CIVE 206 | Course Introduction and Application Information

Course Name
Strength of Materials
Code
Semester
Theory
(hour/week)
Application/Lab
(hour/week)
Local Credits
ECTS
CIVE 206
Spring
3
0
3
6

Prerequisites
  CIVE 201 To succeed (To get a grade of at least DD)
Course Language
English
Course Type
Required
Course Level
-
Course Coordinator
Course Lecturer(s)
Assistant(s)
Course Objectives To emphasize the fundamentals related with the mechanics of deformable bodies
Learning Outcomes The students who succeeded in this course;
  • To define stress and strain that develop in deformable bodies
  • To examine the mechanical properties of engineering materials
  • To analyse the behaviour of deformable bodies under axial load, torsion, bending, and shear forces
  • To investigate transformation of stress and strain
  • To research the principles of beam deflections
  • To calculate moment of inertia of an area
Course Content Concepts of stress and strain, behaviour of deformable bodies under axial load, torsion, bending, and shear, stress and strain transformation, beam deflections, moment of inertia

 



Course Category

Core Courses
X
Major Area Courses
Supportive Courses
Media and Management Skills Courses
Transferable Skill Courses

 

WEEKLY SUBJECTS AND RELATED PREPARATION STUDIES

Week Subjects Related Preparation
1 Stress: Introduction, equilibrium of a deformable body, stress, average normal stress in an axially loaded bar, average shear stress, allowable stress, design of simple connections Strain: Deformation, strain Chapter-1: 1.1-1.7; 2.1-2.2; “Mechanics of Materials,” R. C. Hibbeler, 8th Ed., Prentice Hall, 2011
2 Mechanical Properties of Materials Chapter-2: 2.1, 2.2; “Mechanics of Materials,” R. C. Hibbeler, 8th Ed., Prentice Hall, 2011
3 Mechanical Properties of Materials: The tension and compression test, stress-strain diagram, stresstrain behaviour of ductile and brittle materials, Hooke’s law, strain energy, Poisson’s ratio Chapter-3: 3.1-3.6; “Mechanics of Materials,” R. C. Hibbeler, 8th Ed., Prentice Hall, 2011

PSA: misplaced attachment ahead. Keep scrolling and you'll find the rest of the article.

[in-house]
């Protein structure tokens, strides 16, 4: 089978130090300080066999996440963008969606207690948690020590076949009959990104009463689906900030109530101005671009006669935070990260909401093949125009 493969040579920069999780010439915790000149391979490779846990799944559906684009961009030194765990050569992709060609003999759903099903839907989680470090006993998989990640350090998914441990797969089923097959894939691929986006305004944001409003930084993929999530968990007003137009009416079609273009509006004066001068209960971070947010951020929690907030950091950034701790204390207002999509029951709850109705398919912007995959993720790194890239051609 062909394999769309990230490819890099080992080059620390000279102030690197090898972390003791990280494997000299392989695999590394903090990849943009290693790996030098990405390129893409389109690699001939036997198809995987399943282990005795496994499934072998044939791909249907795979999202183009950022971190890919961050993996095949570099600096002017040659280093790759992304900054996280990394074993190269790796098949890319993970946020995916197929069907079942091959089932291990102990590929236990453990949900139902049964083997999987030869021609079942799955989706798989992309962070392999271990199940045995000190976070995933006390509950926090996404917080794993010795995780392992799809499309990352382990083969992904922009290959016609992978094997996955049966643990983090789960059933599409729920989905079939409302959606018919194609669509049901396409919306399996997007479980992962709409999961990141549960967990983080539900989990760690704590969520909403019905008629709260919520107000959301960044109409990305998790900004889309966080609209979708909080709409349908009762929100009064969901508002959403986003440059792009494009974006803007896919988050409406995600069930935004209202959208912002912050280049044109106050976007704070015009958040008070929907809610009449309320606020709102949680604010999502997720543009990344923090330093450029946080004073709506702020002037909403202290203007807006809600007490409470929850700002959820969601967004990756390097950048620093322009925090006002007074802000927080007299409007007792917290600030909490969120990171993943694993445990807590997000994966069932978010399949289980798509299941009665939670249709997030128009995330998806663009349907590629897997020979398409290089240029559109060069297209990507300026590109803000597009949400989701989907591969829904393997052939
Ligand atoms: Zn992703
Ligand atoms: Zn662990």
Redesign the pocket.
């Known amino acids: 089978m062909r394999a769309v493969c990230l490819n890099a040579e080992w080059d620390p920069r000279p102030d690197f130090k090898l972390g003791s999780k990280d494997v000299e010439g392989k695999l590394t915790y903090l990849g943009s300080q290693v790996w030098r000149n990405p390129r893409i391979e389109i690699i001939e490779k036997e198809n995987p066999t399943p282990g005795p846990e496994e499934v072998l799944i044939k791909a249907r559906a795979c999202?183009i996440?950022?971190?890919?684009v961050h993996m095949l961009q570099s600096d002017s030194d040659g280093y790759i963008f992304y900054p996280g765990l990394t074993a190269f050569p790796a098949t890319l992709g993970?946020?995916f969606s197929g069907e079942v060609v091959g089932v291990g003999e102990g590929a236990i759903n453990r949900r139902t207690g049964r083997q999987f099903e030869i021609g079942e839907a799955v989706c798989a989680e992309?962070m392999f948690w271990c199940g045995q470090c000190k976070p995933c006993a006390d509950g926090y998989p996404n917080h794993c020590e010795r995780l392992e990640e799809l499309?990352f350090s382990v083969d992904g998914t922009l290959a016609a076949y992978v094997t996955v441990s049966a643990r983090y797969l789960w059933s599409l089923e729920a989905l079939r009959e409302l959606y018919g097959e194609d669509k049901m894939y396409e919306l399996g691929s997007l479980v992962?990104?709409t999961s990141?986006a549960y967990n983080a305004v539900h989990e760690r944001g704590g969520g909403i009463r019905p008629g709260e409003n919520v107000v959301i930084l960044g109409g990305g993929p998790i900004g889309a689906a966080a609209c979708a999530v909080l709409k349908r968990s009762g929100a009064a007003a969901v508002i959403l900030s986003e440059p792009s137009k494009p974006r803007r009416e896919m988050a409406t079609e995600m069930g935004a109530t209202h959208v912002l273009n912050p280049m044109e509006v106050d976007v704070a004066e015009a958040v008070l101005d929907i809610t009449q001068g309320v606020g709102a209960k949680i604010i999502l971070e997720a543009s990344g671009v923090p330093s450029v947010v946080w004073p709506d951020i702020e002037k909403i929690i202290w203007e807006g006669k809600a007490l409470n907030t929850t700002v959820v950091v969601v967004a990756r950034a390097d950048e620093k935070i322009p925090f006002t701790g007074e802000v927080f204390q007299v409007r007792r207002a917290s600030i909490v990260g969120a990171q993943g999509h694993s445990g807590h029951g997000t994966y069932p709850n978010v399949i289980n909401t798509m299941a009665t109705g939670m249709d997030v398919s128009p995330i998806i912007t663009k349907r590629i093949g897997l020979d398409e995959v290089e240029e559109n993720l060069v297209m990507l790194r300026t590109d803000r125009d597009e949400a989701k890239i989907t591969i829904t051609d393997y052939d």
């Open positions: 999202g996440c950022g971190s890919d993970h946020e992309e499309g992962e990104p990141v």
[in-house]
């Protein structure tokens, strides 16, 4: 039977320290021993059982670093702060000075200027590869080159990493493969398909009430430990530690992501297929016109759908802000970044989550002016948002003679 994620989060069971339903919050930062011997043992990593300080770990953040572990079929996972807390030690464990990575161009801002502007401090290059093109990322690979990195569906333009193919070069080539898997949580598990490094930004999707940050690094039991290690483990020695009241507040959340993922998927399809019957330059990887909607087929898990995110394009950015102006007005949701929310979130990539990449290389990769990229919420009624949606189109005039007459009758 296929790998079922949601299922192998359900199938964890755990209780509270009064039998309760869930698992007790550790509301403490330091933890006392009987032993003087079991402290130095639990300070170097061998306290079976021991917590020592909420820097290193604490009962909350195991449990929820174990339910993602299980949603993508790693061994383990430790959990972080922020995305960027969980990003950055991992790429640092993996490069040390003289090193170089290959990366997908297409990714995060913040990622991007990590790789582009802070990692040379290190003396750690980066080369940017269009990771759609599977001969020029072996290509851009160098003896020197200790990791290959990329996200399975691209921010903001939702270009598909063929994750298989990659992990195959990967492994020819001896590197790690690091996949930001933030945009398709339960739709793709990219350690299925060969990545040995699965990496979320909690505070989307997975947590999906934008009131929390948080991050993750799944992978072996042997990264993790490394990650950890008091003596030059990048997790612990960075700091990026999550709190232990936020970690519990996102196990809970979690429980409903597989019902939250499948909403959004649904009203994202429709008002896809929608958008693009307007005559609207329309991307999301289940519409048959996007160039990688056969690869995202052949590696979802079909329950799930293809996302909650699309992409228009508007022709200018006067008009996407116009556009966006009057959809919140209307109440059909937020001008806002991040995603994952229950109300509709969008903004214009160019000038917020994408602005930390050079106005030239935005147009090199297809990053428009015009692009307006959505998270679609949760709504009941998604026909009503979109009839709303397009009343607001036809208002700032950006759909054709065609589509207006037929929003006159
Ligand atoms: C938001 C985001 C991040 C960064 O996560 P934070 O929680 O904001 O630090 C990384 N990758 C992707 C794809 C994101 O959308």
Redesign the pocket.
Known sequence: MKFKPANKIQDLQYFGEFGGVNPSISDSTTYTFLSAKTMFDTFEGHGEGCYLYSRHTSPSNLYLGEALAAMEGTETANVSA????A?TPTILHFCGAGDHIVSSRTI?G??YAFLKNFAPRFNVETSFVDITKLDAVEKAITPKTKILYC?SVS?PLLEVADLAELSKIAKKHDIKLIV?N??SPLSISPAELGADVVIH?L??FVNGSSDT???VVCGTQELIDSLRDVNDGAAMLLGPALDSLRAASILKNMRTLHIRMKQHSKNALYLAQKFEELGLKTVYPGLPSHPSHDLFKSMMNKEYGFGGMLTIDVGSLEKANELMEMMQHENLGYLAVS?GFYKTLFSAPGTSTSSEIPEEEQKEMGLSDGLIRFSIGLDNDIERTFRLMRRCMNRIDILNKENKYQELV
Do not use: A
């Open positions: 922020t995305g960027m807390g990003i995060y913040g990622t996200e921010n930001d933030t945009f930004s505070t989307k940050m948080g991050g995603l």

4 Mechanical Properties of Materials: Shear stress-strain diagram,failure of materials due to creep and fatigue Axial Load: Saint-Venant’s principle, elastic deformation of an axially loaded member, principle of superposition, statically indeterminate axially loaded member, the force method of analysis for axially loaded members Chapter-3: 3.7, 3.8; Chapter-4: 4.1-4.5; “Mechanics of Materials,” R. C. Hibbeler, 8th Ed., Prentice Hall, 2011
5 Axial Load: Thermal stress, stress concentrations Torsion: Torsional deformation of a circular shaft, the torsion formula, power transmission, angle of twist Chapter-4: 4.6, 4.7; Chapter-5: 5.1-5.4; “Mechanics of Materials,” R. C. Hibbeler, 8th Ed., Prentice Hall, 2011
6 Torsion: Statically indeterminate torque-loaded members Bending: Shear and moment diagrams, graphical method for constructing shear and moment diagrams, bending deformations of a straight member Chapter-5: .5.5; Chapter-6: 6.1-6.3; “Mechanics of Materials,” R. C. Hibbeler, 8th Ed., Prentice Hall, 2011
7 Bending: The flexure formula, unsymmetric bending Chapter-6: 6.4-6.5; “Mechanics of Materials,” R. C. Hibbeler, 8th Ed., Prentice Hall, 2011
8 Shear: Shear in straight members, the shear formula, shear flow in built up members Chapter-7: .1-7.3; “Mechanics of Materials,” R. C. Hibbeler, 8th Ed., Prentice Hall, 2011
9 Shear: Shear flow in thin-walled members Stress Transformation: Plane-stress transformation Chapter-7: 7.4; Chapter-9: 9.1-9.5; “Mechanics of Materials,” R. C. Hibbeler, 8th Ed., Prentice Hall, 2011
10 Stress Transformation: General equations of plane-stress transformation, principal stresses and maximum in-plane shear stress, Mohr’s circle-plane stress, Absolute maximum shear stress Chapter-9: 9.2-9.5; “Mechanics of Materials,” R. C. Hibbeler, 8th Ed., Prentice Hall, 2011